You’ve heard this mantra before—the IBM i is a secure, stable, scalable platform for deploying modern web applications. And it’s true! There are many proven server-side coding tools for writing IBM i-hosted web applications. But in order to produce the most productive and powerful apps you also need to be conversant with the latest client-side technologies.
In the last couple of years alone, several emerging technologies have become mainstream, thanks to improved browsers, new devices such as tablets, and a better understanding in the software development community of the significance of highly responsive user interface patterns (think: Facebook).
In this article, I’ll introduce you to the following five important technologies, which can be used alongside any server-side language, and explain why you need to know them:
● jQuery mobile
HTML5 is very different from earlier versions of HTML. For example, HTML 4 was really just an incremental improvement to earlier incarnations. HTML5 has a whole host of new capabilities that can make your web applications more powerful. HTML5 is supported to varying degrees by most modern browsers, including Safari and Chrome on mobile platforms like iOS (iPhone and iPad) and Android. If you are in a position where you can predict or control which browser your end-users are using then you may be able to take advantage of HTML5’s advanced features. See www.html5test.com to determine what level of support your preferred browser provides.
HTML5 includes the following key features (this is by no means a comprehensive list):
· Native video support (eliminating the need for Flash)
· Native graphics support using the canvas element
· Improved audio support
· Advanced offline storage (essentially like a mini-database)
· Advanced form controls including new input types (date, email, color, number, etc.)
· Native drag and drop
One example of the power of HTML5 is the new contenteditable keyword. It makes any piece of display-only HTML editable by clicking on it. (See http://html5demos.com/contenteditable for an example). If you combine this with AJAX (which I’ll explain later), you can let your users update small sections of a page with instantaneous feedback, like performing a status update on Facebook.
jQuery mobile framework takes the "write less, do more" mantra to the next level: Instead of writing unique apps for each mobile device or OS, the jQuery mobile framework allows you to design a single highly-branded web site or application that will work on all popular smartphone, tablet, and desktop platforms.
When you use jQuery Mobile to construct your user interface, you develop a single code base for all supported devices and platforms (and there are many). jQuery Mobile happens to use HTML5 to achieve this. The user interfaces you can construct are professional and modern looking, allowing you to run mobile apps in browsers that look almost identical to their native cousins. Learning jQuery Mobile is easy. They even have a GUI drag and drop interface directly on their homepage to show you what you can produce.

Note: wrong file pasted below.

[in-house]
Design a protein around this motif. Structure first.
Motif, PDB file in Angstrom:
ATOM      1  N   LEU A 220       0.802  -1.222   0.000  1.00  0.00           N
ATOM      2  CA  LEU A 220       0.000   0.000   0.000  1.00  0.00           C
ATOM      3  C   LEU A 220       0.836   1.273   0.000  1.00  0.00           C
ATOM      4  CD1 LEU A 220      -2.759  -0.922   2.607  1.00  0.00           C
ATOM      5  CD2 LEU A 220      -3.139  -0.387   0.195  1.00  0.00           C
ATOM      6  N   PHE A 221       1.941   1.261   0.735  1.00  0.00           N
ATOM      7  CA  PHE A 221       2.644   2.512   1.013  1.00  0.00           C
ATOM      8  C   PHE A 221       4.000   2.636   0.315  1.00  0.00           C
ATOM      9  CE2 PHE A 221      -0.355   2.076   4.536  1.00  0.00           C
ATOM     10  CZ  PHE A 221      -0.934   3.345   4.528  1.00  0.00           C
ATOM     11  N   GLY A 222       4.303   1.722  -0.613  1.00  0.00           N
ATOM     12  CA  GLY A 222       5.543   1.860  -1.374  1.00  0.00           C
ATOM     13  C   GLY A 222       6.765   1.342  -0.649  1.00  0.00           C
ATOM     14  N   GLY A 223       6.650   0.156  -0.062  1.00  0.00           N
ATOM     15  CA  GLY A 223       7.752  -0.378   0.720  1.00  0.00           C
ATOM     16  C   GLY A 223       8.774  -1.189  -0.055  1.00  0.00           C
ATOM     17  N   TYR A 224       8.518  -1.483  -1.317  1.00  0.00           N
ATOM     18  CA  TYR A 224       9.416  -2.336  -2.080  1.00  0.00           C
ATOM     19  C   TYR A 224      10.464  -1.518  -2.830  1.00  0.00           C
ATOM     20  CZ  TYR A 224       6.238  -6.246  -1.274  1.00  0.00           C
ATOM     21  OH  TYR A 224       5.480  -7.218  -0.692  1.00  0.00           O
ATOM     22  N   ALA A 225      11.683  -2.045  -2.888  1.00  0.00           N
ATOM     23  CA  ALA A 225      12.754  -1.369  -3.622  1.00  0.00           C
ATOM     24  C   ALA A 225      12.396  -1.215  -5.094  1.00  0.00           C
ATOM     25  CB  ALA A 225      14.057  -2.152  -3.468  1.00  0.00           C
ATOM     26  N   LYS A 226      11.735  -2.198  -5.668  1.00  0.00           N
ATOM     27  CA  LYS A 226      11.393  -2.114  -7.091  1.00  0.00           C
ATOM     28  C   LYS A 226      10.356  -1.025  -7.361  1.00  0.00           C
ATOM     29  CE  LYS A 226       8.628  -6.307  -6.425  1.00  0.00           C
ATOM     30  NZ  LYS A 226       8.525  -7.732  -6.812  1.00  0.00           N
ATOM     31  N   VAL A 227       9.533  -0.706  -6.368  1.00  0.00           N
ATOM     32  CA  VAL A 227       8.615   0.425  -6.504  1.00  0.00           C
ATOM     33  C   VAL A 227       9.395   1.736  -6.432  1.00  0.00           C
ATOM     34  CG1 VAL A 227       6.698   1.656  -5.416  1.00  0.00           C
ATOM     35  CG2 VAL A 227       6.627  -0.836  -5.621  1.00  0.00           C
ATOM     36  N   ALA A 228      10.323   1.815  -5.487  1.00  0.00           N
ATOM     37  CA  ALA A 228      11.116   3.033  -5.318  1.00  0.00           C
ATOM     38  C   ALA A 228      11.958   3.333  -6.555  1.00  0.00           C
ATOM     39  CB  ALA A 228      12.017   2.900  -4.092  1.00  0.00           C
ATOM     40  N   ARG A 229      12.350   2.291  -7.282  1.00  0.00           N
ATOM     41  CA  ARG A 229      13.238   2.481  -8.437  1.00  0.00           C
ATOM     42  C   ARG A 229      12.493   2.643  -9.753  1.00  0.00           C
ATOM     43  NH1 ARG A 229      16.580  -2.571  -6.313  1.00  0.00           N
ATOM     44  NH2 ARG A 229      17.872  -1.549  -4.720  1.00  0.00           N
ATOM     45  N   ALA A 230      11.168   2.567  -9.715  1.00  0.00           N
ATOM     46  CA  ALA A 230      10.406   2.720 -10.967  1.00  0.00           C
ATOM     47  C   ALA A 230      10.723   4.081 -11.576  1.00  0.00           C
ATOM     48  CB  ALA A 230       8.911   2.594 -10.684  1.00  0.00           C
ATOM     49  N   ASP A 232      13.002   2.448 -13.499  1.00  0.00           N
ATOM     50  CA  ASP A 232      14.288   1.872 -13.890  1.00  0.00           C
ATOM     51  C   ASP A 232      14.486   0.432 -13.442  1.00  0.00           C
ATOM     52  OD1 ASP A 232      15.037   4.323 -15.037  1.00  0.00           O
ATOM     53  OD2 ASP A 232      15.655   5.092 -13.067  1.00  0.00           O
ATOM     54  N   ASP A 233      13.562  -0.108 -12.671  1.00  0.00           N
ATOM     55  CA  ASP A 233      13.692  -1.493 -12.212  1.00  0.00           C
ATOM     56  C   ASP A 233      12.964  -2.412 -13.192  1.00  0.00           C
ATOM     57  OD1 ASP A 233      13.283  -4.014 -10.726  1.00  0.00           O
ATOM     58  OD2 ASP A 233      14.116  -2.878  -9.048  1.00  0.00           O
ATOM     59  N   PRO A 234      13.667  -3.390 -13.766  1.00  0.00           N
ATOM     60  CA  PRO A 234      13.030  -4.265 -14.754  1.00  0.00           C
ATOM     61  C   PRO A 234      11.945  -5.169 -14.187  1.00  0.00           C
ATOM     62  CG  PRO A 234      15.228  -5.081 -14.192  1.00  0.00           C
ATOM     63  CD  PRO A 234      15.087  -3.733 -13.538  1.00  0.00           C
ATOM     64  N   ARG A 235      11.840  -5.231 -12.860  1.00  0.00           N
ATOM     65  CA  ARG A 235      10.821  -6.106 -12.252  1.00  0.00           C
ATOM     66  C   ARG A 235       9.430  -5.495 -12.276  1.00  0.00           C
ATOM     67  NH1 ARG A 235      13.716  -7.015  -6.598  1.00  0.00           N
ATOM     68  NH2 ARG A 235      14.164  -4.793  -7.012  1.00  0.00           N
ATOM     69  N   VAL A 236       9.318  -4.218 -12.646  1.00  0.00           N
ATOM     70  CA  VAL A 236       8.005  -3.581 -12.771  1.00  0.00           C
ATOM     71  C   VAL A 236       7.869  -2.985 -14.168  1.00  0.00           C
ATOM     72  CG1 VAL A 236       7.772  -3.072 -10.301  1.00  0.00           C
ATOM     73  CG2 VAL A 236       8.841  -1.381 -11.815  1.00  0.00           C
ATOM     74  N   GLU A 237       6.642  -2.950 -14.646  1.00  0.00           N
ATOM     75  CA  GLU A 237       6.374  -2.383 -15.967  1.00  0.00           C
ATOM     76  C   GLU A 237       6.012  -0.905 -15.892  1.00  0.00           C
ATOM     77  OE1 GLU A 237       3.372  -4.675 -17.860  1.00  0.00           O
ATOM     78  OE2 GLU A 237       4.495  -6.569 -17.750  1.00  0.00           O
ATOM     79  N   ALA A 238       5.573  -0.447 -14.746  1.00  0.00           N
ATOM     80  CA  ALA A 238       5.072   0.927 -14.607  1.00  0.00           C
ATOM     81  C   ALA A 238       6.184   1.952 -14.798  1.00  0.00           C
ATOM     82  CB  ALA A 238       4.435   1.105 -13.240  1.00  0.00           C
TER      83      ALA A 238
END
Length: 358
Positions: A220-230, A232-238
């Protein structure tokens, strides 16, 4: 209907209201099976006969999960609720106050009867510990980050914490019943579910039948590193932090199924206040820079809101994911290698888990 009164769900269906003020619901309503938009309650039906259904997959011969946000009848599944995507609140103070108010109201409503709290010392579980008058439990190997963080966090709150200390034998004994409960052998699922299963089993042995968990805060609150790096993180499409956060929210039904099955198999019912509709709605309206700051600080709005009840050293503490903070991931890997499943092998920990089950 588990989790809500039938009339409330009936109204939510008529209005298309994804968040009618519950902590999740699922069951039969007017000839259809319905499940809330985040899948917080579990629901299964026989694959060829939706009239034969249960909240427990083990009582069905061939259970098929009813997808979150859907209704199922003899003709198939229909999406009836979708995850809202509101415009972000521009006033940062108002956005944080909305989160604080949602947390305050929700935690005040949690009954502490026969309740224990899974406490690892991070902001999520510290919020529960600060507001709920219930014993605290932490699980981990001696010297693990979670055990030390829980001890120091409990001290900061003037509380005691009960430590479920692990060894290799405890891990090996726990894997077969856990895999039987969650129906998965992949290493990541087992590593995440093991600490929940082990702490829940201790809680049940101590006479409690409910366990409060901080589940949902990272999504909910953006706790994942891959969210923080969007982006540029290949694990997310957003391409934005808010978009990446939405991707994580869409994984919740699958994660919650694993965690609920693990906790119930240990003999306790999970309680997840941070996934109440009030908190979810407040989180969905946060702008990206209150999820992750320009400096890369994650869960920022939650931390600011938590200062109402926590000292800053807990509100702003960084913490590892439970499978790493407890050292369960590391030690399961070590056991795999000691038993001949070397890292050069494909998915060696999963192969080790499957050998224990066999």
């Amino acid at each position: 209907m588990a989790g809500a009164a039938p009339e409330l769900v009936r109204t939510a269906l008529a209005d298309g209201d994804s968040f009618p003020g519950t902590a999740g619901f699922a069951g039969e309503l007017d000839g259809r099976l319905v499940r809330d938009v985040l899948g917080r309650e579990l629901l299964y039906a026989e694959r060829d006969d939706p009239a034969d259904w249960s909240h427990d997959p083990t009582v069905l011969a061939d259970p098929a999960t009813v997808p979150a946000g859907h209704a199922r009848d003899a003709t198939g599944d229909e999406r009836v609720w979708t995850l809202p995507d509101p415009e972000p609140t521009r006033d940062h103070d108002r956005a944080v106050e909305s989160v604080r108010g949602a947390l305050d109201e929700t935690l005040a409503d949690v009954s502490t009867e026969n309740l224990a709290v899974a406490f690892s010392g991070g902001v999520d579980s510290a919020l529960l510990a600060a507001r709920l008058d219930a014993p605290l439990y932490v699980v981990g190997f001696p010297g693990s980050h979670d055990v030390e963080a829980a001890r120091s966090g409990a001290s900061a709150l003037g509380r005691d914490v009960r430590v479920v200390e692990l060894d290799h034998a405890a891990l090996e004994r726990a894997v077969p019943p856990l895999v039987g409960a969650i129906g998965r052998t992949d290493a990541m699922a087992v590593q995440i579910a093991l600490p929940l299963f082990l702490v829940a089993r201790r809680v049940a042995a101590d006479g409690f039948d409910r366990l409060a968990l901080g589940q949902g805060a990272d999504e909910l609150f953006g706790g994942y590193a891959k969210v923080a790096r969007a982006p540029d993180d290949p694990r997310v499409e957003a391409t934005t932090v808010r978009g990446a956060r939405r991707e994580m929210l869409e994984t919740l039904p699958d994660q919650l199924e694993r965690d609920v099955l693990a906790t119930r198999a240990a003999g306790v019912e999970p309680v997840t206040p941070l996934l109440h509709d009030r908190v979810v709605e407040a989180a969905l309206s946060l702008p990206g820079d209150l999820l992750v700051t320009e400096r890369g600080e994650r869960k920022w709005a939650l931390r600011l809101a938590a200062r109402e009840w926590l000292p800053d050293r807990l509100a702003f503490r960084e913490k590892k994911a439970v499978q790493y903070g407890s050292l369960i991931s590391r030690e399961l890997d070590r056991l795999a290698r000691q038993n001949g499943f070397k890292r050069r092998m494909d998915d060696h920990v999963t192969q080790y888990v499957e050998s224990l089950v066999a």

JSON is not really a technology per se - it’s a convention for describing data and sharing it with servers and clients. It’s a lightweight alternative to XML. The real advantage of JSON is it provides a simple, consistent way to send data, in simple or complex structures, back and forth between client code (jQuery) and server code.
JSON is much more compact than XML and most programmers find it easier to read than XML documents (depending on the complexity of the structures). It is also more lightweight than XML so it improves your application’s performance as less data is sent back and forth over the network.
AJAX has been around for quite a while now (it became ‘mainstream’ in 2005) but uses for it are still emerging. AJAX provides a way for you to accept input or update pieces of a page without having to refresh an entire page. Again, think of Facebook - when you click the thumb icon to ‘like,’ something you get an instant response (the ‘like’ count goes up). Facebook doesn’t have to reload the entire page. That’s because clicking the icon sends an AJAX request to the server. Essentially, it calls a program on the server with a parameter of your user id and some key to the thing you are ‘liking.’ The server simply retrieves the ‘like’ counter from a table, increments it by 1, and returns the data to the page, at which point a callback function updates the count HTML element on the page.
These kinds of interactions happen all over the place in Facebook and other highly responsive applications without us even thinking about it. Imagine how this sort of functionality can improve your own business apps—a client adds an item to a shopping cart, they immediately see a message confirming it was added, and the running order total is updated - all without having to reload the page.
The easiest way to accomplish this is to use jQuery, JSON, and AJAX together, along with whatever server-side language you are using: RPG, Java, or PHP.
Using these technologies will help you deliver better, more productive web applications—desktop or mobile—to your users. All five technologies are easy to learn and there are many online resources with example code to help you get started.